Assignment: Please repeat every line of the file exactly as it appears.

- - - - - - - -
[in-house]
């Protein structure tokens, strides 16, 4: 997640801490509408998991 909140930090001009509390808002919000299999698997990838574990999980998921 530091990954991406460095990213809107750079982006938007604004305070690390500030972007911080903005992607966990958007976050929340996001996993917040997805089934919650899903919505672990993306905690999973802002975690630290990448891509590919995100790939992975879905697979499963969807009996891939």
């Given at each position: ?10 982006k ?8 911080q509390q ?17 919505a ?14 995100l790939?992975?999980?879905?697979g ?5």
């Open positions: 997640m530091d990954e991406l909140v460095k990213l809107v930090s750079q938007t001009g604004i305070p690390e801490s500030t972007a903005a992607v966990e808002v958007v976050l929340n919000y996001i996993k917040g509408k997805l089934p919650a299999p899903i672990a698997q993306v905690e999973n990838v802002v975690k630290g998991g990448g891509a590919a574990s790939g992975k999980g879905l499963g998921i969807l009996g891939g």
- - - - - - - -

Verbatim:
[in-house]
């Protein structure tokens, strides 16, 4: 997640801490509408998991 909140930090001009509390808002919000299999698997990838574990999980998921 530091990954991406460095990213809107750079982006938007604004305070690390500030972007911080903005992607966990958007976050929340996001996993917040997805089934919650899903919505672990993306905690999973802002975690630290990448891509590919995100790939992975879905697979499963969807009996891939």
């Given at each position: ?10 982006k ?8 911080q509390q ?17 919505a ?14 995100l790939?992975?999980?879905?697979g ?5």
């Open positions: 997640m530091d990954e991406l909140v460095k990213l809107v930090s750079q938007t001009g604004i305070p690390e801490s500030t972007a903005a992607v966990e808002v958007v976050l929340n919000y996001i996993k917040g509408k997805l089934p919650a299999p899903i672990a698997q993306v905690e999973n990838v802002v975690k630290g998991g990448g891509a590919a574990s790939g992975k999980g879905l499963g998921i969807l009996g891939g």